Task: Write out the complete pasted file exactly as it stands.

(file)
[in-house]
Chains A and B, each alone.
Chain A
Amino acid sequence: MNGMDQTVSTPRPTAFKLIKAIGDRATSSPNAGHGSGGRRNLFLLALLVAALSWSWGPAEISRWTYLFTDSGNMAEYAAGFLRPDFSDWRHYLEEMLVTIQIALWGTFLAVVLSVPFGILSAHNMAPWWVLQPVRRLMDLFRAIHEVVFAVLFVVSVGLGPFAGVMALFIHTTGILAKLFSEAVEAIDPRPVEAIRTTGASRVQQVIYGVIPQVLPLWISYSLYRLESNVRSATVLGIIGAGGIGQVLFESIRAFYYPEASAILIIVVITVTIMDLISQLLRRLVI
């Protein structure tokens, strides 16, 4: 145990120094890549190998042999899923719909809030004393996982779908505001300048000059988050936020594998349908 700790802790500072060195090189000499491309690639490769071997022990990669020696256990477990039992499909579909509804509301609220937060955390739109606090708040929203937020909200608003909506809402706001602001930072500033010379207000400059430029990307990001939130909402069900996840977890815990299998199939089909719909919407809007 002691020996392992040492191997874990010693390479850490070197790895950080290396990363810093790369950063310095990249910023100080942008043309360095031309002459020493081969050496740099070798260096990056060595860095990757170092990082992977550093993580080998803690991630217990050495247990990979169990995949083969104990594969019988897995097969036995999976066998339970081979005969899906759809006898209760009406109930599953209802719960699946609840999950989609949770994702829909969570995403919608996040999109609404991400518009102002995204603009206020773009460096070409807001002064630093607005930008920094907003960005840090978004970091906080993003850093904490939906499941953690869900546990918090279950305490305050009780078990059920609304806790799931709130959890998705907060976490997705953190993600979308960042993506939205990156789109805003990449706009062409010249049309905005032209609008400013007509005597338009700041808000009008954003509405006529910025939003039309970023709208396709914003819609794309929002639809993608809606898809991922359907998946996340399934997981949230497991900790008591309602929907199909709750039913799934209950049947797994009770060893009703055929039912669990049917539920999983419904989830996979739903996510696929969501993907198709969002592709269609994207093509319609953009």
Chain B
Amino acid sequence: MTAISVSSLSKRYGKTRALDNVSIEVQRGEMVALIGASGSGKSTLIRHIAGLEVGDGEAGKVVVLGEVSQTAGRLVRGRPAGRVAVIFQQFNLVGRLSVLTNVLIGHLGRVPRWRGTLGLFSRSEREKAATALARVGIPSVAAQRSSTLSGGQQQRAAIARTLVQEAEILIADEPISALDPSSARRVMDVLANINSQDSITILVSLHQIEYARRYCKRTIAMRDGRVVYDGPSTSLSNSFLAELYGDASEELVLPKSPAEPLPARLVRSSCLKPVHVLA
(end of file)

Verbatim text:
[in-house]
Chains A and B, each alone.
Chain A
Amino acid sequence: MNGMDQTVSTPRPTAFKLIKAIGDRATSSPNAGHGSGGRRNLFLLALLVAALSWSWGPAEISRWTYLFTDSGNMAEYAAGFLRPDFSDWRHYLEEMLVTIQIALWGTFLAVVLSVPFGILSAHNMAPWWVLQPVRRLMDLFRAIHEVVFAVLFVVSVGLGPFAGVMALFIHTTGILAKLFSEAVEAIDPRPVEAIRTTGASRVQQVIYGVIPQVLPLWISYSLYRLESNVRSATVLGIIGAGGIGQVLFESIRAFYYPEASAILIIVVITVTIMDLISQLLRRLVI
């Protein structure tokens, strides 16, 4: 145990120094890549190998042999899923719909809030004393996982779908505001300048000059988050936020594998349908 700790802790500072060195090189000499491309690639490769071997022990990669020696256990477990039992499909579909509804509301609220937060955390739109606090708040929203937020909200608003909506809402706001602001930072500033010379207000400059430029990307990001939130909402069900996840977890815990299998199939089909719909919407809007 002691020996392992040492191997874990010693390479850490070197790895950080290396990363810093790369950063310095990249910023100080942008043309360095031309002459020493081969050496740099070798260096990056060595860095990757170092990082992977550093993580080998803690991630217990050495247990990979169990995949083969104990594969019988897995097969036995999976066998339970081979005969899906759809006898209760009406109930599953209802719960699946609840999950989609949770994702829909969570995403919608996040999109609404991400518009102002995204603009206020773009460096070409807001002064630093607005930008920094907003960005840090978004970091906080993003850093904490939906499941953690869900546990918090279950305490305050009780078990059920609304806790799931709130959890998705907060976490997705953190993600979308960042993506939205990156789109805003990449706009062409010249049309905005032209609008400013007509005597338009700041808000009008954003509405006529910025939003039309970023709208396709914003819609794309929002639809993608809606898809991922359907998946996340399934997981949230497991900790008591309602929907199909709750039913799934209950049947797994009770060893009703055929039912669990049917539920999983419904989830996979739903996510696929969501993907198709969002592709269609994207093509319609953009």
Chain B
Amino acid sequence: MTAISVSSLSKRYGKTRALDNVSIEVQRGEMVALIGASGSGKSTLIRHIAGLEVGDGEAGKVVVLGEVSQTAGRLVRGRPAGRVAVIFQQFNLVGRLSVLTNVLIGHLGRVPRWRGTLGLFSRSEREKAATALARVGIPSVAAQRSSTLSGGQQQRAAIARTLVQEAEILIADEPISALDPSSARRVMDVLANINSQDSITILVSLHQIEYARRYCKRTIAMRDGRVVYDGPSTSLSNSFLAELYGDASEELVLPKSPAEPLPARLVRSSCLKPVHVLA